Recently, All Azimuth Journal published a special issue dealing with the use of different methodological approaches by scholars in Turkey. The special issue aimed at encouraging IR students and scholars in producing academic output based on high quality research. In his introduction to the issue, Aydinli observes that the discipline of IR in Turkey “has failed to appreciate the importance of methodology.” So, following Aydinli, since research methods is the way scholars communicate and distribute scientific knowledge, we should start with ‘research methods’ training, rather than establishing new (or deepening the existing) fault lines between “quantitative vs qualitative” or “critical vs mainstream.” Therefore, I would argue, while also taking note of the increasing number of Turkish-language education programs across the country, Turkish scholars have more urgent problems and needs that revolve around methodological training. I offer the initiatives in the following section as necessary steps to contribute to the solution.
4. From Prescription to Treatment: Methodological Training in Practice
The above-mentioned self-reflections indicate that the IR discipline in Turkey did not fully acknowledge the importance of research methods in general. As Aydinli and Biltekin rightfully argue, studies using quantitative approaches are scarce. Yet, I argue, this should not imply that studies with qualitative methods are abundant in Turkey.
To start with an example, I collected data on studies published in Turkey, indexed in the Turkish scholarly index ULAKBIM, and that utilized the “securitization theory.”  I choose this theory for three purposes: 1) it is as ‘critical’ as most Turkish IR scholars studying security usually get, 2) it is mainly based on qualitative research since most studies that apply this theory do not use quantitative methods, and 3) each year approximately 4 articles get published using the securitization theory. I argue that the popularity of this theory among Turkish scholars comes from its relatively ‘easy-to-apply’ nature. When the international literature on securitization is checked, one might see that scholars who offered this theory have usually applied it to a case. So, the theory has been developed through various empirical case studies. The theory also has conceptual and methodological clarity and a step-by-step argumentation. For instance, securitization theory argues that certain issues in the social or political realm may be carried to the national security agenda by state elites, which turns those issues into threats. This is done by the discourse of policymakers and with the practices of the security professionals in the field. So, the steps are clear: 1) find an issue, 2) analyze and show the state elites’ ‘securitization’ discourse, 3) observe if it is accepted by the audience (public) as a security issue, and 4) analyze the findings. So far, the theory has been applied to many cases.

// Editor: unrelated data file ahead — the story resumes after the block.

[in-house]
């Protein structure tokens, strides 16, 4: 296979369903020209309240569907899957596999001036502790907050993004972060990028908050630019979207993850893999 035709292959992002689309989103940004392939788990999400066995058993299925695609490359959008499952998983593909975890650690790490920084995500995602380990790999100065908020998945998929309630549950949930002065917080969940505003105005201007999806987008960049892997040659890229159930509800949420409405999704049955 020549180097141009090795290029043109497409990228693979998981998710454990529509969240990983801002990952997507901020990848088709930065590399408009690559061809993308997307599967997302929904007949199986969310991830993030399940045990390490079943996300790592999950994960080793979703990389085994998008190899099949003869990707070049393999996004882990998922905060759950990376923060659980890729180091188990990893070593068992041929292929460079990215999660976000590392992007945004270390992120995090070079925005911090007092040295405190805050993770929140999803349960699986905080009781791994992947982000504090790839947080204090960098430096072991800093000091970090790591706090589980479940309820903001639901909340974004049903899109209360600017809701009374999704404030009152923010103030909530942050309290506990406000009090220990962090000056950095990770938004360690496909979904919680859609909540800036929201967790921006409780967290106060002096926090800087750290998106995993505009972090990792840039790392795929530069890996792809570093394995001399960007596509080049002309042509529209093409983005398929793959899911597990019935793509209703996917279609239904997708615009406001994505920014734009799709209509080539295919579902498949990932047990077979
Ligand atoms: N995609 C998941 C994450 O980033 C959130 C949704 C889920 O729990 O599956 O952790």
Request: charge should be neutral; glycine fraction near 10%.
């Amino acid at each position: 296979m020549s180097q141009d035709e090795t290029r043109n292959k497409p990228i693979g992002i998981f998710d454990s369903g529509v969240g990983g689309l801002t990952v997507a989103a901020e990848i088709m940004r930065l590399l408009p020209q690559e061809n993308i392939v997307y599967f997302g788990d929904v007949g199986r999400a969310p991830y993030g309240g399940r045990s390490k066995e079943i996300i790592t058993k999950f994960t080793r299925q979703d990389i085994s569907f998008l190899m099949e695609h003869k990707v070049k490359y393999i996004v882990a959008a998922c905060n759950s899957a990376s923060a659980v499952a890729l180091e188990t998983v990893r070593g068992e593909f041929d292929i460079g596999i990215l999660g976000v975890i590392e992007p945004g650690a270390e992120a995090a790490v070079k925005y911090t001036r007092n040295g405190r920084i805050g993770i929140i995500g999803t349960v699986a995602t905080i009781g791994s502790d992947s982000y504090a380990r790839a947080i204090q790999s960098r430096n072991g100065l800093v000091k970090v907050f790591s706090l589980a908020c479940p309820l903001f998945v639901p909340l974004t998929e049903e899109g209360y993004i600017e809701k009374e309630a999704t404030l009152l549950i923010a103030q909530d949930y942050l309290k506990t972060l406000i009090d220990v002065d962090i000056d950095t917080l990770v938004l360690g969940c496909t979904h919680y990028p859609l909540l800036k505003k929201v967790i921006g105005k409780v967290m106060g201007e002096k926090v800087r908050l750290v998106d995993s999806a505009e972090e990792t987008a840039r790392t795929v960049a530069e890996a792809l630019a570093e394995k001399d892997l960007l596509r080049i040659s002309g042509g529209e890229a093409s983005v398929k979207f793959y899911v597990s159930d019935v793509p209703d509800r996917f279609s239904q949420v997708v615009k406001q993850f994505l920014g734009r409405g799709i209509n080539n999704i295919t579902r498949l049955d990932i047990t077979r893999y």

After collecting the articles published in Turkey, I asked the following question: “Does the study have a case, and if so, how does the author apply the theory?” I aimed at finding the methods that scholars have been using. Figure 1 summarizes part of the findings.
Figure 1: Turkish securitization studies by year
As the figure indicates, approximately four articles a year are published on securitization. The following figure shows the research questions and arguments in these studies.
Figure 2: Turkish securitization studies: research question and argument
As the figure illustrates, 26 out of 34 articles have an argument. The following figure illustrates the methodological approach used by these studies.
Figure 3: Turkish securitization studies: methodological approach